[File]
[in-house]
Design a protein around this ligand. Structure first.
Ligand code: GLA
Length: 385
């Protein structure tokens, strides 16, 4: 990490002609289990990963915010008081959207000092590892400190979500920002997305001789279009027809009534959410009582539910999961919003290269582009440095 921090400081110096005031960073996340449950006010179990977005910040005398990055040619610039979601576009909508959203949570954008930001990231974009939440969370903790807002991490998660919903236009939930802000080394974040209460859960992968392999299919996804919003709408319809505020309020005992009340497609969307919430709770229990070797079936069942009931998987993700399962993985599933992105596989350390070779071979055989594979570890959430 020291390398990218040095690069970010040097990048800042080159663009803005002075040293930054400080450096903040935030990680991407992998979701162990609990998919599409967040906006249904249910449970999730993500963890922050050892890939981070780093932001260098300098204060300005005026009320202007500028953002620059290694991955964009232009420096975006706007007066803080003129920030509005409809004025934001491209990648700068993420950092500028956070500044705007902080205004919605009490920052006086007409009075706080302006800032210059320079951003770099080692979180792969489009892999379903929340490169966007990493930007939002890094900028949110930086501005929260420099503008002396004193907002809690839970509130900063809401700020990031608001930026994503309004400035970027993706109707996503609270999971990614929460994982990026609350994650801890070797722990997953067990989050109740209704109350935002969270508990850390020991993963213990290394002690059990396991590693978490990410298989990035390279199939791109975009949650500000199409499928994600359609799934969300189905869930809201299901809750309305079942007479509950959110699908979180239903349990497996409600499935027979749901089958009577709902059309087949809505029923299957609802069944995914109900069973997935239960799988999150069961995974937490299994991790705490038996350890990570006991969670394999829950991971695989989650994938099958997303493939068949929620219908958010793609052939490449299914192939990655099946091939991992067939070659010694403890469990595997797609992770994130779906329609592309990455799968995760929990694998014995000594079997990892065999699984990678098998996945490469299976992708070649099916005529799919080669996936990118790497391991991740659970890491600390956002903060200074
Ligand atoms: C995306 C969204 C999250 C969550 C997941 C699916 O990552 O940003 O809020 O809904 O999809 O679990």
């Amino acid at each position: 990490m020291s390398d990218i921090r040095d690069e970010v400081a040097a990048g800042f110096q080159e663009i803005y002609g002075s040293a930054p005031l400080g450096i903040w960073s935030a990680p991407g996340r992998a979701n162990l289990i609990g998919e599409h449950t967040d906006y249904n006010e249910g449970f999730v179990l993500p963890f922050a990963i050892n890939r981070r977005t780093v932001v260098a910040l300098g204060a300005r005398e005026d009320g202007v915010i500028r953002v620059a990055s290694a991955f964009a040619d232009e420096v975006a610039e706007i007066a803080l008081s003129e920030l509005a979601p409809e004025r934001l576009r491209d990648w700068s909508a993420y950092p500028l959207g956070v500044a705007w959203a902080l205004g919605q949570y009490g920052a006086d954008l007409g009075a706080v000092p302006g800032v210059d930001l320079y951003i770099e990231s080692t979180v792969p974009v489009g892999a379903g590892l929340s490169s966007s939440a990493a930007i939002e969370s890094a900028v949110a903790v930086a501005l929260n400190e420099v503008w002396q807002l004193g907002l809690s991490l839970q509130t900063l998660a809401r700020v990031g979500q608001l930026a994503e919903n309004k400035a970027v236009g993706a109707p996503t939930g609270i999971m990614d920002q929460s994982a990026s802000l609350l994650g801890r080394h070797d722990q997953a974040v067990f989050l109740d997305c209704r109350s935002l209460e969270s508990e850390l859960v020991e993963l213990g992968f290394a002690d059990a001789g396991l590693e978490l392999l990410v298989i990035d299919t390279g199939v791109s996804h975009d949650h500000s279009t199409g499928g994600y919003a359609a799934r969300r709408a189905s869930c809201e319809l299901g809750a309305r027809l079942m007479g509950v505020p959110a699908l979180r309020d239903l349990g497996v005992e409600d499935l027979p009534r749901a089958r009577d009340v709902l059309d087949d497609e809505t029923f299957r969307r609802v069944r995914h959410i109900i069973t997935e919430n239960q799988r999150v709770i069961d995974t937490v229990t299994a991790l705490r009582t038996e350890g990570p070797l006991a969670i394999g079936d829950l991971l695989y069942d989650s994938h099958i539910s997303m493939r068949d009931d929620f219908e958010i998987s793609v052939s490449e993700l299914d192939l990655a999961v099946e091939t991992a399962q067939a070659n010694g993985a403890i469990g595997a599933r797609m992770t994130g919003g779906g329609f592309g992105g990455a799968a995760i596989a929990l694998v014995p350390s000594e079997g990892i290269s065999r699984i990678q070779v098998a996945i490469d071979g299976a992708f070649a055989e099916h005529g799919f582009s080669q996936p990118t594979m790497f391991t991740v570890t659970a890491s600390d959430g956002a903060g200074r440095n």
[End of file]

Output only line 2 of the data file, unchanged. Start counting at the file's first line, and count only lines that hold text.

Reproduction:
Design a protein around this ligand. Structure first.